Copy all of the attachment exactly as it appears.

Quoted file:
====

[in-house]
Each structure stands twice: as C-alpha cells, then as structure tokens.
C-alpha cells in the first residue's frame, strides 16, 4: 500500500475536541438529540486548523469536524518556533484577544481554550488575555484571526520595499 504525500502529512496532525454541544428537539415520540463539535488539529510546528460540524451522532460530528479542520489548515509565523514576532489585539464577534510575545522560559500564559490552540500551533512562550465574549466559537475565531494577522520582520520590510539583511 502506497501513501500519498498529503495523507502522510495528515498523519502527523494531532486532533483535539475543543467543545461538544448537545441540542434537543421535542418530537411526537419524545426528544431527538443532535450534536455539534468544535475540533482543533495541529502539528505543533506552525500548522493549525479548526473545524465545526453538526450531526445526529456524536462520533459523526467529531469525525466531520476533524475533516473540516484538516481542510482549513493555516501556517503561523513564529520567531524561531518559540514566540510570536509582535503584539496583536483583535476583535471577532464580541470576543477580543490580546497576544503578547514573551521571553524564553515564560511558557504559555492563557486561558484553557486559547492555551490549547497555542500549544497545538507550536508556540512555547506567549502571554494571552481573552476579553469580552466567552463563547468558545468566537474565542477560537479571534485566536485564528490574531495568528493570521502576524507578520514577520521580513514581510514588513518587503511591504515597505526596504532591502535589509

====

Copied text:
[in-house]
Each structure stands twice: as C-alpha cells, then as structure tokens.
C-alpha cells in the first residue's frame, strides 16, 4: 500500500475536541438529540486548523469536524518556533484577544481554550488575555484571526520595499 504525500502529512496532525454541544428537539415520540463539535488539529510546528460540524451522532460530528479542520489548515509565523514576532489585539464577534510575545522560559500564559490552540500551533512562550465574549466559537475565531494577522520582520520590510539583511 502506497501513501500519498498529503495523507502522510495528515498523519502527523494531532486532533483535539475543543467543545461538544448537545441540542434537543421535542418530537411526537419524545426528544431527538443532535450534536455539534468544535475540533482543533495541529502539528505543533506552525500548522493549525479548526473545524465545526453538526450531526445526529456524536462520533459523526467529531469525525466531520476533524475533516473540516484538516481542510482549513493555516501556517503561523513564529520567531524561531518559540514566540510570536509582535503584539496583536483583535476583535471577532464580541470576543477580543490580546497576544503578547514573551521571553524564553515564560511558557504559555492563557486561558484553557486559547492555551490549547497555542500549544497545538507550536508556540512555547506567549502571554494571552481573552476579553469580552466567552463563547468558545468566537474565542477560537479571534485566536485564528490574531495568528493570521502576524507578520514577520521580513514581510514588513518587503511591504515597505526596504532591502535589509